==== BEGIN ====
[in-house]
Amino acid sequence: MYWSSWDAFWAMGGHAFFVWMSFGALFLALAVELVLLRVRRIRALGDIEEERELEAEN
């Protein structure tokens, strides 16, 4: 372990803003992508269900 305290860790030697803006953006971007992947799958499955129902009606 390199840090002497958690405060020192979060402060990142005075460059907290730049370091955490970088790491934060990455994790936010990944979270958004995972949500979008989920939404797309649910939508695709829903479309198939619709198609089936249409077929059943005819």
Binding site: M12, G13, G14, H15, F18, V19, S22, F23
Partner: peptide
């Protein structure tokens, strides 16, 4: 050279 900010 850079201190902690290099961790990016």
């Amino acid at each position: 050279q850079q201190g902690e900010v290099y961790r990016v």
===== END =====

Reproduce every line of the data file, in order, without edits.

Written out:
[in-house]
Amino acid sequence: MYWSSWDAFWAMGGHAFFVWMSFGALFLALAVELVLLRVRRIRALGDIEEERELEAEN
């Protein structure tokens, strides 16, 4: 372990803003992508269900 305290860790030697803006953006971007992947799958499955129902009606 390199840090002497958690405060020192979060402060990142005075460059907290730049370091955490970088790491934060990455994790936010990944979270958004995972949500979008989920939404797309649910939508695709829903479309198939619709198609089936249409077929059943005819």
Binding site: M12, G13, G14, H15, F18, V19, S22, F23
Partner: peptide
């Protein structure tokens, strides 16, 4: 050279 900010 850079201190902690290099961790990016």
């Amino acid at each position: 050279q850079q201190g902690e900010v290099y961790r990016v």